At first it looks like a cute Twitter picture to cheer us up in these uncertain times.
But as the man sharing the image of his 10-month-old daughter tied to his back during an online meeting was Sierra Leone’s education minister, the conversation turned to gender roles.
David Moinina Sengeh said he wanted to set an example for other men.
He told the BBC that it was very rare to see a child on a father’s back in his country.
Of course, a picture of a woman with a baby on her back would have barely raised an eyebrow, something which the 33-year-old acknowledges.
“Many women do this daily, but it is so normalised that we don’t talk about it at all. If it was my wife who did it then this would not have been a viral tweet,” he told the BBC’s Newsday programme from Sierra Leone’s capital, Freetown, where there is a partial lockdown to help prevent the spread of coronavirus.
The education minister was in the kitchen at home feeding Peynina when he started taking part in a Zoom meeting. He noticed that she looked sleepy, so decided to tie her on his back in order to carry on with the meeting.Skip Twitter post by @dsengeh
Working from home? How did u join your last zoom call? As Minister, I started my last call feeding my 10 month old, then carried her on my back for the rest of the call. The presentations helped her sleep. I invite you to share with the world how you worked from home as a leader. pic.twitter.com/wrkDwu58B5— David Moinina Sengeh (@dsengeh) April 28, 2020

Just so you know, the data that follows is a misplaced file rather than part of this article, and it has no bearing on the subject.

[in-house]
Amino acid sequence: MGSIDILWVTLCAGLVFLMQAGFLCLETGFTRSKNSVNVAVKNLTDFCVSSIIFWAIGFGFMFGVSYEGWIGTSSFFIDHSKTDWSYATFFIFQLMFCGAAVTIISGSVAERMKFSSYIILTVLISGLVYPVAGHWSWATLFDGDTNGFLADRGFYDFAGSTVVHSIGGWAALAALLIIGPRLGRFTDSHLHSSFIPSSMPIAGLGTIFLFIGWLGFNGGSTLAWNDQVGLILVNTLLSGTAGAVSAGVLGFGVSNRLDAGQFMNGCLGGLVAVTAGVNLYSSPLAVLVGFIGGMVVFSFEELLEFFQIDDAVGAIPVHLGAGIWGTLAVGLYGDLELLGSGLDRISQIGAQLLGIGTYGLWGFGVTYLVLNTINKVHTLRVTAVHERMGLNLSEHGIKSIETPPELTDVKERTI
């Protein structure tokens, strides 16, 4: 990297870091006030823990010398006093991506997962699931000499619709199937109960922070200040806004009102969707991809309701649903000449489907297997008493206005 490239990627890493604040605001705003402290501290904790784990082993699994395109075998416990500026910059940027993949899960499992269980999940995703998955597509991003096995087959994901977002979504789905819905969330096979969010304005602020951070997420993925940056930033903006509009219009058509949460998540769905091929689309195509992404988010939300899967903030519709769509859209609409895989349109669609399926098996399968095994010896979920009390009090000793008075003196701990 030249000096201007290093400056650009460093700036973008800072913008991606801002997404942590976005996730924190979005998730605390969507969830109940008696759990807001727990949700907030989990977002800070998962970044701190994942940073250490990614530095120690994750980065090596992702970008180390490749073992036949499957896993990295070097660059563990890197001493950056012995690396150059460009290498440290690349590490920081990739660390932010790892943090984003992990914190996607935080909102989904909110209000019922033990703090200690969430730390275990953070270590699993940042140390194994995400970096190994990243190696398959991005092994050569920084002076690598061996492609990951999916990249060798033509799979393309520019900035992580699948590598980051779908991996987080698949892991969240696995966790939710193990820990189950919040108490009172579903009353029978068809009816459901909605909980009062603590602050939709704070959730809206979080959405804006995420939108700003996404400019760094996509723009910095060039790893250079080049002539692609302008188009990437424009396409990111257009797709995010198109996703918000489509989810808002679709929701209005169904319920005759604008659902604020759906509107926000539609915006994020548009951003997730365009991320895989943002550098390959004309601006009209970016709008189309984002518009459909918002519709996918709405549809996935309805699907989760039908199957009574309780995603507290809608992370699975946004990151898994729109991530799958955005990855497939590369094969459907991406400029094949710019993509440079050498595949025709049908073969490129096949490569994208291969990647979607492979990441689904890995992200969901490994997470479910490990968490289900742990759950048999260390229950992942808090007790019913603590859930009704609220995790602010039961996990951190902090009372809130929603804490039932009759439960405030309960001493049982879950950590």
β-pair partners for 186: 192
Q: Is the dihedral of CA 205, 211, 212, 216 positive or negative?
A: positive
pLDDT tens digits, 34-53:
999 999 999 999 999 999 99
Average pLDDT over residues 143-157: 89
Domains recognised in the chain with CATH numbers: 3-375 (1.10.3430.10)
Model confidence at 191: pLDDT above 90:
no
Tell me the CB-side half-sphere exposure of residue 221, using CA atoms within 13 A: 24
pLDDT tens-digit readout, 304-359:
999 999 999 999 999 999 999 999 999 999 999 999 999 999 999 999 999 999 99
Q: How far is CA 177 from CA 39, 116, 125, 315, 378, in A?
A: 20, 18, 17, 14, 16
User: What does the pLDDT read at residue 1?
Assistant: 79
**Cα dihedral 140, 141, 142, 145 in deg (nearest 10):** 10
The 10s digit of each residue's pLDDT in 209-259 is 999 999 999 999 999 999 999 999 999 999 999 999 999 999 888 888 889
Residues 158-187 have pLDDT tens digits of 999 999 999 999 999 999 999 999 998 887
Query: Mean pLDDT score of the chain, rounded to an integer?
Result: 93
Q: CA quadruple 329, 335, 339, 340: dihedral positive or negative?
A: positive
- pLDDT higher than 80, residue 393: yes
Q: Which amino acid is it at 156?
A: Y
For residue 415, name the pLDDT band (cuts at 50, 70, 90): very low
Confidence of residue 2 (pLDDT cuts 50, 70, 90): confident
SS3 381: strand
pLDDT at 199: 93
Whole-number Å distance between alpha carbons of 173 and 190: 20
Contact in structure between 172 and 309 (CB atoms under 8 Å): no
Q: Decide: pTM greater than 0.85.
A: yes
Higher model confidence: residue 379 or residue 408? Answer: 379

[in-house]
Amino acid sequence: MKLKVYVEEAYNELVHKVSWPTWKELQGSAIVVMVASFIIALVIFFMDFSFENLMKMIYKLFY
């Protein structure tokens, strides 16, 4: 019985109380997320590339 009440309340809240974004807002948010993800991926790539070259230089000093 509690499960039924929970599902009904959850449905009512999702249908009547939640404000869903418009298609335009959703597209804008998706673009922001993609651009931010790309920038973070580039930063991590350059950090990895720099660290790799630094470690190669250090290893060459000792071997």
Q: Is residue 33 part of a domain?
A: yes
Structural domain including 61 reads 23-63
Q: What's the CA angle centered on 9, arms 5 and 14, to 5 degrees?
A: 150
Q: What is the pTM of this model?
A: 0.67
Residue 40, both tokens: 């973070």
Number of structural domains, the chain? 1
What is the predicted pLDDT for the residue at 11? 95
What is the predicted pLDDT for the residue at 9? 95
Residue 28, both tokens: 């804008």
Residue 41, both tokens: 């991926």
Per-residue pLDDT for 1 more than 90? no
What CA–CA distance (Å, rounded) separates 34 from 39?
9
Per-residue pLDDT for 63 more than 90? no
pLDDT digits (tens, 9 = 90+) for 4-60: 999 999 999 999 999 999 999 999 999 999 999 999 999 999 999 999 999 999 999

End of Twitter post by @dsengeh
This image “forces men to think about themselves, it shows them that it is possible to take care of their child”, Dr Sengeh said.
“I have friends who have never ever changed a diaper and they have several children, and they don’t even understand how that is possible,” he added.
Some men responded to his tweet with pictures of their own childcare efforts.
He has also been applauded by some activists.
“He is a role model to other men in Sierra Leone and in Africa,” Sierra Leonean women’s rights campaigner Nemata Majeks-Walker told the BBC.
“He is somebody who does not believe that it is only a woman who should take care of her children.”
The education minister also wanted to encourage leaders, particularly his male counterparts, to share their family lives. He thinks that it has helped him better understand and empathise with other parents and should lead to better policy making.
The UN’s population fund says that “gender inequality and denial of women’s rights are still prevalent at all levels in Sierra Leonean society”. An assessment that Dr Sengeh agreed with.
He said that more girls than boys drop out of education before the end of high school and he was developing policies, which he described as “radical inclusion”, that should boost the number of girls who stay at school.
A month ago, he was instrumental in overturning the country’s ban on pregnant girls going to school.
Sierra Leone has 124 confirmed cases of coronavirus and has recorded seven deaths from the disease.